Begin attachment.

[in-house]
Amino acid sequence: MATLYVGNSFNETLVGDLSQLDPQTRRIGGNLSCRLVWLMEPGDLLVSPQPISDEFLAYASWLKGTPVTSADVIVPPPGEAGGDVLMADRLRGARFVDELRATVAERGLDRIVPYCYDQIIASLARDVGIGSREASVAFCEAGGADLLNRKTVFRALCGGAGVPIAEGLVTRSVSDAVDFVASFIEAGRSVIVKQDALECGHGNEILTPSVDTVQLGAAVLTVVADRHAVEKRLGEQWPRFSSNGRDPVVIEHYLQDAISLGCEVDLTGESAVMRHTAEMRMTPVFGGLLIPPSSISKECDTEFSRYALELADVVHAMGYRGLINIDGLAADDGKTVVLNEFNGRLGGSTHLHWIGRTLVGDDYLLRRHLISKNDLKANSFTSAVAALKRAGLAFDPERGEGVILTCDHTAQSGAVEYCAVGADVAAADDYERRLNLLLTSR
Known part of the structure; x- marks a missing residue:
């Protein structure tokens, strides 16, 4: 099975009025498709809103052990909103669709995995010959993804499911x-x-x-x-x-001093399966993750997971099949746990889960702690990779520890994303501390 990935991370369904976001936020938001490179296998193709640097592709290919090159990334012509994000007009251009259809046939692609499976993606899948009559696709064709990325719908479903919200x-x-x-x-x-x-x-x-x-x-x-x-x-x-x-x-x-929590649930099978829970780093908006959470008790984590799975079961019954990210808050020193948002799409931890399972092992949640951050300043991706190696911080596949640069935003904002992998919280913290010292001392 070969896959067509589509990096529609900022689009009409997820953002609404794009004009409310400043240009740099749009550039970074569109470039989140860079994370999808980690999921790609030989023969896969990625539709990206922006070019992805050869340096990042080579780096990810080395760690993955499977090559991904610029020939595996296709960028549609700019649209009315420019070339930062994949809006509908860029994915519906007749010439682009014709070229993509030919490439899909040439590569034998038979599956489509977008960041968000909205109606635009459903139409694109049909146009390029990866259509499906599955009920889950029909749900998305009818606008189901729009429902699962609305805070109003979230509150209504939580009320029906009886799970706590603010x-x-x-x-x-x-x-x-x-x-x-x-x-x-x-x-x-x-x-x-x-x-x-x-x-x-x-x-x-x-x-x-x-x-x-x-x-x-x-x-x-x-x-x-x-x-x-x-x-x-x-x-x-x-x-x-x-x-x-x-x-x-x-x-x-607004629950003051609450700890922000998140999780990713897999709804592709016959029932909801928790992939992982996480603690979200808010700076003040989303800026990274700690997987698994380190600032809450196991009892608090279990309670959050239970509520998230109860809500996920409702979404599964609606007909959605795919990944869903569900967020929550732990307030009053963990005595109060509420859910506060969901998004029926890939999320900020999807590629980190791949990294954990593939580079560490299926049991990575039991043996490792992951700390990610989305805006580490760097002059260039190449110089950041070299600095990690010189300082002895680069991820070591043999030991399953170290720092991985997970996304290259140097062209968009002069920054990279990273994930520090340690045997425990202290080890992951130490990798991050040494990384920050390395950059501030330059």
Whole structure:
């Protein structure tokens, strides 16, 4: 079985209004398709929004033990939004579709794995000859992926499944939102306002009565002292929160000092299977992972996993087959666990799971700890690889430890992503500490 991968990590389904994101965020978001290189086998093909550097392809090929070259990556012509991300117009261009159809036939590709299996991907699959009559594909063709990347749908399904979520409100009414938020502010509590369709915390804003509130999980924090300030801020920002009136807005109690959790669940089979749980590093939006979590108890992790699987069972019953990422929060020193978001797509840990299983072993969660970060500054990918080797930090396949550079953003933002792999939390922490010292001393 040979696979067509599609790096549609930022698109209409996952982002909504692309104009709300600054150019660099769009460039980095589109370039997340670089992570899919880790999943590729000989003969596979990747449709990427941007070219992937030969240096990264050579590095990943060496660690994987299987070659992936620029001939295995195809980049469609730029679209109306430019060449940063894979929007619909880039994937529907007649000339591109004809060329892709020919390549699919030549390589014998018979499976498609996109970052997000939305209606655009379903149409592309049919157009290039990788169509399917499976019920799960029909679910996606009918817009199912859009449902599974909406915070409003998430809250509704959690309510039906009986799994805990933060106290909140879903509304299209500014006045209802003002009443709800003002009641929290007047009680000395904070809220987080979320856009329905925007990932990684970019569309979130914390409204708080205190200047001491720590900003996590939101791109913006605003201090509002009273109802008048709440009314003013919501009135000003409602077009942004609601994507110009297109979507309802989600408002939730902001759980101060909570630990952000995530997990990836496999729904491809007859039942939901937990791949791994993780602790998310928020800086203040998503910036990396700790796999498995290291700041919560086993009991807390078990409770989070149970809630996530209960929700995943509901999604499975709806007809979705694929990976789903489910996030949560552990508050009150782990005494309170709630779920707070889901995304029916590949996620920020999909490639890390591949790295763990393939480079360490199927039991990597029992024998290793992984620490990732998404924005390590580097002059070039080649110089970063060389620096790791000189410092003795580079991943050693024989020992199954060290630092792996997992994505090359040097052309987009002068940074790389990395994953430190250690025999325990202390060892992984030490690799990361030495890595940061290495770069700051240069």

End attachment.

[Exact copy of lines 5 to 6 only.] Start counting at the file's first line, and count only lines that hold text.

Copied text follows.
Whole structure:
């Protein structure tokens, strides 16, 4: 079985209004398709929004033990939004579709794995000859992926499944939102306002009565002292929160000092299977992972996993087959666990799971700890690889430890992503500490 991968990590389904994101965020978001290189086998093909550097392809090929070259990556012509991300117009261009159809036939590709299996991907699959009559594909063709990347749908399904979520409100009414938020502010509590369709915390804003509130999980924090300030801020920002009136807005109690959790669940089979749980590093939006979590108890992790699987069972019953990422929060020193978001797509840990299983072993969660970060500054990918080797930090396949550079953003933002792999939390922490010292001393 040979696979067509599609790096549609930022698109209409996952982002909504692309104009709300600054150019660099769009460039980095589109370039997340670089992570899919880790999943590729000989003969596979990747449709990427941007070219992937030969240096990264050579590095990943060496660690994987299987070659992936620029001939295995195809980049469609730029679209109306430019060449940063894979929007619909880039994937529907007649000339591109004809060329892709020919390549699919030549390589014998018979499976498609996109970052997000939305209606655009379903149409592309049919157009290039990788169509399917499976019920799960029909679910996606009918817009199912859009449902599974909406915070409003998430809250509704959690309510039906009986799994805990933060106290909140879903509304299209500014006045209802003002009443709800003002009641929290007047009680000395904070809220987080979320856009329905925007990932990684970019569309979130914390409204708080205190200047001491720590900003996590939101791109913006605003201090509002009273109802008048709440009314003013919501009135000003409602077009942004609601994507110009297109979507309802989600408002939730902001759980101060909570630990952000995530997990990836496999729904491809007859039942939901937990791949791994993780602790998310928020800086203040998503910036990396700790796999498995290291700041919560086993009991807390078990409770989070149970809630996530209960929700995943509901999604499975709806007809979705694929990976789903489910996030949560552990508050009150782990005494309170709630779920707070889901995304029916590949996620920020999909490639890390591949790295763990393939480079360490199927039991990597029992024998290793992984620490990732998404924005390590580097002059070039080649110089970063060389620096790791000189410092003795580079991943050693024989020992199954060290630092792996997992994505090359040097052309987009002068940074790389990395994953430190250690025999325990202390060892992984030490690799990361030495890595940061290495770069700051240069």